J Cancer 2021; 12(21):6445-6453. doi:10.7150/jca.63813 This issue Cite

Research Paper

Metastasis patterns and prognosis in breast cancer patients aged ≥ 80 years: a SEER database analysis

Youming Han1,2, Zhilin Sui1, Yongsheng Jia3, Hailong Wang1, Yan Dong4, Hongdian Zhang1, Zhigang Li2, Zhentao Yu1,5 Corresponding address

1. Department of Esophageal Cancer, Tianjin Medical University Cancer Institute and Hospital, National Clinical Research Center for Cancer, Key Laboratory of Cancer Prevention and Therapy, Tianjin's Clinical Research Center for Cancer, Tianjin 300060, China.
2. Department of Respiratory medicine, Binhai Hospital of Tianjin Medical University General Hospital, Tianjin, 300456, China.
3. Department of Breast Oncology, Tianjin Medical University Cancer Institute and Hospital, Tianjin, 300060, China.
4. Tianjin Teda Hospital, Tianjin, 300456, China.
5. Department of Thoracic Surgery, National Cancer Center, National Clinical Research Center for Cancer, Cancer Hospital & Shenzhen Hospital, Chinese Academy of Medical Sciences and PeKing Union Medical College, Shenzhen, 518116, China.

Han Y, Sui Z, Jia Y, Wang H, Dong Y, Zhang H, Li Z, Yu Z. Metastasis patterns and prognosis in breast cancer patients aged ≥ 80 years: a SEER database analysis. J Cancer 2021; 12(21):6445-6453. doi:10.7150/jca.63813. https://www.jcancer.org/v12p6445.htm
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Graphic abstract

Background: This study aimed to investigate the metastasis patterns and prognosis of breast cancer (BC) in patients aged ≥ 80 years with distant metastases, as the current literature lacks studies in this population.

Methods: A retrospective, population-based study using data from the Surveillance, Epidemiology, and End Results (SEER) database was conducted to evaluate 36,203 patients with BC from 2010 to 2016. Patients were classified into three groups, the older group (aged ≥ 80 years), middle-aged group (aged 60-79 years), and younger group (aged < 60 years). The role of age at the time of BC diagnosis in metastasis patterns was investigated, and the survival of different age groups of patients with BC was assessed.

Results: Overall, 4,359 (12%) patients were diagnosed with BC at age ≥ 80 years, 19,688 (54%) at 60-79 years, and 12,156 (34%) at < 60 years. Compared with the other two groups, those in the older group had a lower rate of treatment acceptance. Statistical analysis revealed that older patients were more likely to have lung invasion only (odds ratio [OR]: 1.274, 95% confidence interval [CI]: 1.163-2.674) and less likely to have bone invasion only (OR: 0.704, 95% CI: 0.583-0.851), brain invasion only (OR: 0.329, 95% CI: 0.153-0.706), or multiple metastatic sites (OR: 0.361, 95% CI: 0.284-0.458) compared to the other two groups. Age at diagnosis was an independent prognostic factor for survival. The older group had the worst overall survival (OS, P<0.001) and BC-specific survival (CSS, P<0.001). Furthermore, patients aged ≥ 80 years with only liver metastasis had the worst CSS and OS.

Conclusion: Patients aged ≥ 80 years were less likely to be receptive to cancer-related therapy and had the highest cancer mortality rate among all patients. Our findings will hopefully help clinicians develop more appropriate modalities of cancer treatment in elderly BC patients.

Keywords: breast cancer, elderly patients, age-related, metastasis, prognosis


Breast cancer (BC) is the most widely diagnosed cancer in women worldwide. In 2019, a total of 268,600 people were diagnosed with BC, and 41,488 females died of the disease [1]. Survival rates in elderly patients with BC have improved in recent decades, which is largely attributed to the expanding efforts in early detection and recent advances in modalities of cancer treatment. Despite these, BC remains the second leading cause of cancer-related mortality in the United States, where 11,002 elderly patients aged ≥ 80 years were estimated to have died of BC in 2019. By 2030, nearly 20% of US population will be older adults (aged ≥ 65 years), which is one in every five persons or 70 million people [2]. Metastases in organs distant from the primary site have been the main cause of mortality among patients with BC. The most common sites of metastasis include bone, brain, lungs, and liver [3].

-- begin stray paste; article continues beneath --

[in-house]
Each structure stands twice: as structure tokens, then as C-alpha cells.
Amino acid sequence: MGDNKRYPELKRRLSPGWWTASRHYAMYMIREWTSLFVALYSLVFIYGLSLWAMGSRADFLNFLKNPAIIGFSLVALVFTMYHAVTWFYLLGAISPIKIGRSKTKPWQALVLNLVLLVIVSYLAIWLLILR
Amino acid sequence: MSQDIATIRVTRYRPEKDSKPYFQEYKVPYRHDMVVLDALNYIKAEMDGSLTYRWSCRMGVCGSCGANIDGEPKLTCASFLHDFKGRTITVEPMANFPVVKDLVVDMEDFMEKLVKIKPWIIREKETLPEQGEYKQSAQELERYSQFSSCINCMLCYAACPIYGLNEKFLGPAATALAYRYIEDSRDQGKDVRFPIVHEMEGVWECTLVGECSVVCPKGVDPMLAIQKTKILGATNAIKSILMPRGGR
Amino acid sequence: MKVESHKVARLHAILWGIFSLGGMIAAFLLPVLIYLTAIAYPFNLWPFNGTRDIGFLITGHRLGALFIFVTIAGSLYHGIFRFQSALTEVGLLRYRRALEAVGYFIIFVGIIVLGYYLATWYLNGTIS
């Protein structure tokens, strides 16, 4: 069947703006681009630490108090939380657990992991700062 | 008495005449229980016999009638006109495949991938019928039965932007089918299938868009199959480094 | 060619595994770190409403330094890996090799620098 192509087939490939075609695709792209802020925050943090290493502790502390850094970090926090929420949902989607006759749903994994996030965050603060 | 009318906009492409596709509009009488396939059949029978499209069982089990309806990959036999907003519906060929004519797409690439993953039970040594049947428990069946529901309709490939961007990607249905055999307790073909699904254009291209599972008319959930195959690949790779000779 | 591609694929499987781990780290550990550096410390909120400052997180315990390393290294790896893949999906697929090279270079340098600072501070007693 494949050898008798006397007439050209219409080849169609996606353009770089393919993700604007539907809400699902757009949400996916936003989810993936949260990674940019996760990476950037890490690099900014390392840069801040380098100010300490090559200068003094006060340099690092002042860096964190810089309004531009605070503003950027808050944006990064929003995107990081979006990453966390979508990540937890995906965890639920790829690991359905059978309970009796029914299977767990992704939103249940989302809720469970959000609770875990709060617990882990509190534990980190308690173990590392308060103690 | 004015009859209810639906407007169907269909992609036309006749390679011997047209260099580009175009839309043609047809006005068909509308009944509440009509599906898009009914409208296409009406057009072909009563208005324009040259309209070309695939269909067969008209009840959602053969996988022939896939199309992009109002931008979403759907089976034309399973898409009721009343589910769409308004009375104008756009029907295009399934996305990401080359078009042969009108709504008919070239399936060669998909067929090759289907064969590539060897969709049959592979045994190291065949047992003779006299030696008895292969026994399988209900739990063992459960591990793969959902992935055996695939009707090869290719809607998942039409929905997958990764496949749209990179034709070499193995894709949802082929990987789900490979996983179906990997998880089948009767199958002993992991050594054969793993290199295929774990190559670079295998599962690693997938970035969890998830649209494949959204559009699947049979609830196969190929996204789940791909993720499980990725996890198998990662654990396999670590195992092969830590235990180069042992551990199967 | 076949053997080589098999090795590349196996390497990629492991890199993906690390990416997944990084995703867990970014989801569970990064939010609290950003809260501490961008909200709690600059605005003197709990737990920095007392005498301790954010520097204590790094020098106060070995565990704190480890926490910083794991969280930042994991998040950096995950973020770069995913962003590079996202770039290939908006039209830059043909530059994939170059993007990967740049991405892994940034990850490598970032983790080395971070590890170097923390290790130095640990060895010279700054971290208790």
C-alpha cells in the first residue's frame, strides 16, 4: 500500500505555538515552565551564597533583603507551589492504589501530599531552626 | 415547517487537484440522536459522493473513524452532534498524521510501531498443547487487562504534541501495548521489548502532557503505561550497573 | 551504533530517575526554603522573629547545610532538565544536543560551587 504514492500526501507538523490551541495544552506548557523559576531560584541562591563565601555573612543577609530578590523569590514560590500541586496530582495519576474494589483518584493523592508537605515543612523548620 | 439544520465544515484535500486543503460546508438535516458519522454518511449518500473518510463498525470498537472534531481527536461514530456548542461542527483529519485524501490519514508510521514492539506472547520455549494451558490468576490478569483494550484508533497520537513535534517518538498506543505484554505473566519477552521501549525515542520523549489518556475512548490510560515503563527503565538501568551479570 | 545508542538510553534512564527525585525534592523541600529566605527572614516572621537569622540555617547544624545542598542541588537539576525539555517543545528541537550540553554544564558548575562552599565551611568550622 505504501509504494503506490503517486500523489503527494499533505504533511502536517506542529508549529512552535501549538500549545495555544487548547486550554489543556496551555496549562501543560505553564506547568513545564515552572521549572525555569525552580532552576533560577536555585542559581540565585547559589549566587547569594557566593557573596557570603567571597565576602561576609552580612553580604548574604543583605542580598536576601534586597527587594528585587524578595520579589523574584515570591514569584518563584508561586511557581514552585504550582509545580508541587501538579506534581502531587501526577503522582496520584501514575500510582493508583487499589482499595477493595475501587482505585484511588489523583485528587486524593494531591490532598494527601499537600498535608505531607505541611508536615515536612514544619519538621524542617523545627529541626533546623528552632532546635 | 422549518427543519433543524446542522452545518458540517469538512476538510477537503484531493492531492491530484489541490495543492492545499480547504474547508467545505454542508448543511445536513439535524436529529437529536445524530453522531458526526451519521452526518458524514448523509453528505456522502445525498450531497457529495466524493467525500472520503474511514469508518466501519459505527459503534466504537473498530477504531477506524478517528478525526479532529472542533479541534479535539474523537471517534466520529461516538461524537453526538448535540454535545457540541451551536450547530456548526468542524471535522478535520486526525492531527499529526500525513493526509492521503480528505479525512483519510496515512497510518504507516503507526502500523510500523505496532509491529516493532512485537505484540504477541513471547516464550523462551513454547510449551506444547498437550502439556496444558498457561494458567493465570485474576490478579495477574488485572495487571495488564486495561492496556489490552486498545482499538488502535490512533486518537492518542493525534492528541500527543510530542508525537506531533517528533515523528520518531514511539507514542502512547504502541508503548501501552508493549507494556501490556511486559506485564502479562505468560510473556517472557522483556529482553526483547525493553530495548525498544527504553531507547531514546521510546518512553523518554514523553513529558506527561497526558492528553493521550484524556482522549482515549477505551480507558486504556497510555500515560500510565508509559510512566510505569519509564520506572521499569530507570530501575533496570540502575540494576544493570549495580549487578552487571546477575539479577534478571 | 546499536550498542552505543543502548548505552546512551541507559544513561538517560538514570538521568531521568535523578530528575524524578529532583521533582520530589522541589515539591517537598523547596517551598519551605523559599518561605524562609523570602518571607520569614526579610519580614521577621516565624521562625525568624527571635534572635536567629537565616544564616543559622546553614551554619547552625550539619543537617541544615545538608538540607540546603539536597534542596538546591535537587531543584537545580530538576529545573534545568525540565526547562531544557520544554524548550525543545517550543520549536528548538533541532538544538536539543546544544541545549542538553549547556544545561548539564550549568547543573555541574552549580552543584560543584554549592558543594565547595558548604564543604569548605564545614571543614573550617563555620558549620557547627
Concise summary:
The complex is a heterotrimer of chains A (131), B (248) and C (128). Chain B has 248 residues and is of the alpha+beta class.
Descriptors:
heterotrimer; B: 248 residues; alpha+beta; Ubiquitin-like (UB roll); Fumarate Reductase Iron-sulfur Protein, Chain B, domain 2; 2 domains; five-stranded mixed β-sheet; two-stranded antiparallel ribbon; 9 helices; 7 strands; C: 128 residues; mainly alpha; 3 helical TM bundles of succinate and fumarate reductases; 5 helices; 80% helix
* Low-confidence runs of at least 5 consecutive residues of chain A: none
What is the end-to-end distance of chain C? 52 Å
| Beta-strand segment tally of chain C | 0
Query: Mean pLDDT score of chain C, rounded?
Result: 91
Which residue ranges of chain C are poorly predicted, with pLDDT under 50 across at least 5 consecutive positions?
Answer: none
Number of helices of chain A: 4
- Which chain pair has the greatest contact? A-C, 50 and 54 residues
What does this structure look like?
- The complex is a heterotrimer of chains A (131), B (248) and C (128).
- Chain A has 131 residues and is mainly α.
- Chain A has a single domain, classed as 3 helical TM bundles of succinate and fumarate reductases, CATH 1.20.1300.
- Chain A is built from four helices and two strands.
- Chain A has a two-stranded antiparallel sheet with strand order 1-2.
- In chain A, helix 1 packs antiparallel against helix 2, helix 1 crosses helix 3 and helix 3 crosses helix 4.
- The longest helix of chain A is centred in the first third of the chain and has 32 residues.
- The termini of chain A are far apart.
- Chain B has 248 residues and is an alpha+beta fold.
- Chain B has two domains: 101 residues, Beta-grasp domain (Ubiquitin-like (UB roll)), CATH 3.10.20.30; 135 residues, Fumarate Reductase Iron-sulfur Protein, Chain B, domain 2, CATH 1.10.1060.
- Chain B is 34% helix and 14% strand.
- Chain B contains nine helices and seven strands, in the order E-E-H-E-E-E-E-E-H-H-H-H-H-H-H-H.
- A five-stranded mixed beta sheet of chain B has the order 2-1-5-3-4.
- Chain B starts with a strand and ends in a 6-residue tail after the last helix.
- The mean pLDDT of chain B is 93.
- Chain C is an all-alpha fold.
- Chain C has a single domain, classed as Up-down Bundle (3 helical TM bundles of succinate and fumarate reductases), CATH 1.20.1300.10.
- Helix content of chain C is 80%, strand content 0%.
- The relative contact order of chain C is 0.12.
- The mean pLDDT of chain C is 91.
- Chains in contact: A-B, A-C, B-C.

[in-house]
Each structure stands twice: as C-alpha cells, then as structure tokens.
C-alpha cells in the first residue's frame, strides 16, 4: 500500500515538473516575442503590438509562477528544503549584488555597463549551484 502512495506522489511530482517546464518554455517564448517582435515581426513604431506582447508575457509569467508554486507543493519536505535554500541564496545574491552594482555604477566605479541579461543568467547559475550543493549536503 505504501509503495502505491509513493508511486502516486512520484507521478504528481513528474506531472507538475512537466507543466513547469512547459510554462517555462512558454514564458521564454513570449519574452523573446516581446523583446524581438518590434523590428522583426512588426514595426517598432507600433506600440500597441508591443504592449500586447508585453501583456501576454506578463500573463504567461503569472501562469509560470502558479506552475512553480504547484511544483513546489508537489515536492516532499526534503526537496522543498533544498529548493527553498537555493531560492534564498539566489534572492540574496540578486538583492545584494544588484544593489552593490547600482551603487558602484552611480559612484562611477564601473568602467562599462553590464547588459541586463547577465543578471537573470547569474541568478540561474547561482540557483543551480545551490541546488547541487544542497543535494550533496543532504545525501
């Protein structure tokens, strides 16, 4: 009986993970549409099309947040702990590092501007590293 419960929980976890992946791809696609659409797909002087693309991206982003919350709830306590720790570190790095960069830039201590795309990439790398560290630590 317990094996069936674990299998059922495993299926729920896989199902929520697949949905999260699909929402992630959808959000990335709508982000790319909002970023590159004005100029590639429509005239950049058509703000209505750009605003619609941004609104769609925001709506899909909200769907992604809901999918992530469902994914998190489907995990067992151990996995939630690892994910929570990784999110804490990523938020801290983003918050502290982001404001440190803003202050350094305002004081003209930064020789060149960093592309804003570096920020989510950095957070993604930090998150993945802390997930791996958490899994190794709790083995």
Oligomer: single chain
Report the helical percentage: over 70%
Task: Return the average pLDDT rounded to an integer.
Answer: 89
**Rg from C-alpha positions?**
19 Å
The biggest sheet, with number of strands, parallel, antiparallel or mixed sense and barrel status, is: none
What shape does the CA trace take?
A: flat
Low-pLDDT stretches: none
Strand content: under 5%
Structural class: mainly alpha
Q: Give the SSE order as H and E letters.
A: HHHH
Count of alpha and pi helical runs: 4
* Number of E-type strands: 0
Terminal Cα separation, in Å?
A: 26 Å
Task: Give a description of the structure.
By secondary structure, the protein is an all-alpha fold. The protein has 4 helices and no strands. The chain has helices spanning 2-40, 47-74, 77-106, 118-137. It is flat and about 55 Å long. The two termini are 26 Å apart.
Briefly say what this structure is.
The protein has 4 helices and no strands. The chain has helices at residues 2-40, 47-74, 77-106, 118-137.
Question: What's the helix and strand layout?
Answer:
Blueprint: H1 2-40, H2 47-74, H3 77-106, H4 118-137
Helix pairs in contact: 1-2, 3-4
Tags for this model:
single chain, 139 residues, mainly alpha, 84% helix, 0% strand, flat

In current practice, older patients are generally not ideal candidates for large clinical trials and might be less likely to receive treatment [4]. The decline in physical function associated with aging may be the reason for the unwillingness to pursue aggressive therapy for both patients and doctors [5]. A previous study showed that 61% of patients aged > 75 years with stages I to III triple-negative BC did not receive chemotherapy, in contrast to 5% of patients aged < 64 years (P < 0.001) who were declined chemotherapy. Nearly 12% of patients aged >75 years were not evaluated by an oncologist [6]. Moreover, it was found that elderly individuals were less likely to receive treatment compared to young women, regardless of the cancer type. This conservative approach has shown to have a marked negative effect on BC-specific survival in older BC patients than in younger ones [7]. On the contrary, another study showed some survival benefits to elderly patients with hormone receptor-positive BC who received endocrine treatment [8].

However, to our knowledge, population-based studies describing the role of age in metastatic heterogeneity of BC are limited [9]. Therefore, this study aimed to investigate the metastasis patterns and prognosis of patients with BC aged ≥ 80 years.

Material and methods

Data collection

We used the Surveillance, Epidemiology, and End Results (SEER) database (SEER * Stat 8.3.6 version) to filter and narrow down the information to a representative population of patients for this research (http://seer.cancer.gov/). SEER is generally considered to be the gold standard for data quality among cancer registries, with near-complete case ascertainment and microscopic confirmation [10]. Since this study used registry data, approval was obtained from the Ethical Committee and Institutional Review Board of Tianjin Medical University Cancer Institute and Hospital. The methods were based on approved guidelines.